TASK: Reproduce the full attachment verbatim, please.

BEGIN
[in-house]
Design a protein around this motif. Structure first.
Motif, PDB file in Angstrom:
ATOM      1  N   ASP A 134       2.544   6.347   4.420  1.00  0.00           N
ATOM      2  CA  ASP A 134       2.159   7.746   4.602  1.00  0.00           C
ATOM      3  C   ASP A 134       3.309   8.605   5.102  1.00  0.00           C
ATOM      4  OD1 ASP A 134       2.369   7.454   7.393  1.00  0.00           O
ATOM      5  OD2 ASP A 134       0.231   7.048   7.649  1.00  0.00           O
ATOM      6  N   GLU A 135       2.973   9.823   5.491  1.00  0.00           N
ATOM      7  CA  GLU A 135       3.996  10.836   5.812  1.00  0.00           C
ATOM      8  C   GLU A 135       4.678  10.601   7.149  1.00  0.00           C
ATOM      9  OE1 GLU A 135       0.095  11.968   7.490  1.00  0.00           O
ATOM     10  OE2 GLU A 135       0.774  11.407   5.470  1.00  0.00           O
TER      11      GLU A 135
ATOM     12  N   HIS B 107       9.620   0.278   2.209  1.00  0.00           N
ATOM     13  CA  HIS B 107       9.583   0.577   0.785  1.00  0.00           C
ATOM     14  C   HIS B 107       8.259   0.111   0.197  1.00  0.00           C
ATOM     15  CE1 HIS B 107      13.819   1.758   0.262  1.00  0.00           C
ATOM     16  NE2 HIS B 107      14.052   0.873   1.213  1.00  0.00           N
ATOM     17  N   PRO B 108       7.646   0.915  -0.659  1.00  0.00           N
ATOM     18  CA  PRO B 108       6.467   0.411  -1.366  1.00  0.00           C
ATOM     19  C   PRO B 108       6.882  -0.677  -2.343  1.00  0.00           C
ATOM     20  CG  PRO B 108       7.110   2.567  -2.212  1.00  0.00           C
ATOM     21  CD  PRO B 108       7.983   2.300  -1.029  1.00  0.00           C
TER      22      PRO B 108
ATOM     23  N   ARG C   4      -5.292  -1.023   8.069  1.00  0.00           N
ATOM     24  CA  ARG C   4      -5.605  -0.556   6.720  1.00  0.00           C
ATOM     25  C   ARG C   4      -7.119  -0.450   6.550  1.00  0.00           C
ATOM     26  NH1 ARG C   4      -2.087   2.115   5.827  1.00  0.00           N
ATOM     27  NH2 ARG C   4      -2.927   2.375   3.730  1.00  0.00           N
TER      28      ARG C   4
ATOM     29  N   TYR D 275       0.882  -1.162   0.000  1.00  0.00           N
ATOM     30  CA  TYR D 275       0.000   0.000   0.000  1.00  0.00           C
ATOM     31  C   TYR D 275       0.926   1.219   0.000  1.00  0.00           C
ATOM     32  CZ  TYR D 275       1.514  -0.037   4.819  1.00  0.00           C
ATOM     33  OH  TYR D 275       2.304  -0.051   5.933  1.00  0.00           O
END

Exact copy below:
[in-house]
Design a protein around this motif. Structure first.
Motif, PDB file in Angstrom:
ATOM      1  N   ASP A 134       2.544   6.347   4.420  1.00  0.00           N
ATOM      2  CA  ASP A 134       2.159   7.746   4.602  1.00  0.00           C
ATOM      3  C   ASP A 134       3.309   8.605   5.102  1.00  0.00           C
ATOM      4  OD1 ASP A 134       2.369   7.454   7.393  1.00  0.00           O
ATOM      5  OD2 ASP A 134       0.231   7.048   7.649  1.00  0.00           O
ATOM      6  N   GLU A 135       2.973   9.823   5.491  1.00  0.00           N
ATOM      7  CA  GLU A 135       3.996  10.836   5.812  1.00  0.00           C
ATOM      8  C   GLU A 135       4.678  10.601   7.149  1.00  0.00           C
ATOM      9  OE1 GLU A 135       0.095  11.968   7.490  1.00  0.00           O
ATOM     10  OE2 GLU A 135       0.774  11.407   5.470  1.00  0.00           O
TER      11      GLU A 135
ATOM     12  N   HIS B 107       9.620   0.278   2.209  1.00  0.00           N
ATOM     13  CA  HIS B 107       9.583   0.577   0.785  1.00  0.00           C
ATOM     14  C   HIS B 107       8.259   0.111   0.197  1.00  0.00           C
ATOM     15  CE1 HIS B 107      13.819   1.758   0.262  1.00  0.00           C
ATOM     16  NE2 HIS B 107      14.052   0.873   1.213  1.00  0.00           N
ATOM     17  N   PRO B 108       7.646   0.915  -0.659  1.00  0.00           N
ATOM     18  CA  PRO B 108       6.467   0.411  -1.366  1.00  0.00           C
ATOM     19  C   PRO B 108       6.882  -0.677  -2.343  1.00  0.00           C
ATOM     20  CG  PRO B 108       7.110   2.567  -2.212  1.00  0.00           C
ATOM     21  CD  PRO B 108       7.983   2.300  -1.029  1.00  0.00           C
TER      22      PRO B 108
ATOM     23  N   ARG C   4      -5.292  -1.023   8.069  1.00  0.00           N
ATOM     24  CA  ARG C   4      -5.605  -0.556   6.720  1.00  0.00           C
ATOM     25  C   ARG C   4      -7.119  -0.450   6.550  1.00  0.00           C
ATOM     26  NH1 ARG C   4      -2.087   2.115   5.827  1.00  0.00           N
ATOM     27  NH2 ARG C   4      -2.927   2.375   3.730  1.00  0.00           N
TER      28      ARG C   4
ATOM     29  N   TYR D 275       0.882  -1.162   0.000  1.00  0.00           N
ATOM     30  CA  TYR D 275       0.000   0.000   0.000  1.00  0.00           C
ATOM     31  C   TYR D 275       0.926   1.219   0.000  1.00  0.00           C
ATOM     32  CZ  TYR D 275       1.514  -0.037   4.819  1.00  0.00           C
ATOM     33  OH  TYR D 275       2.304  -0.051   5.933  1.00  0.00           O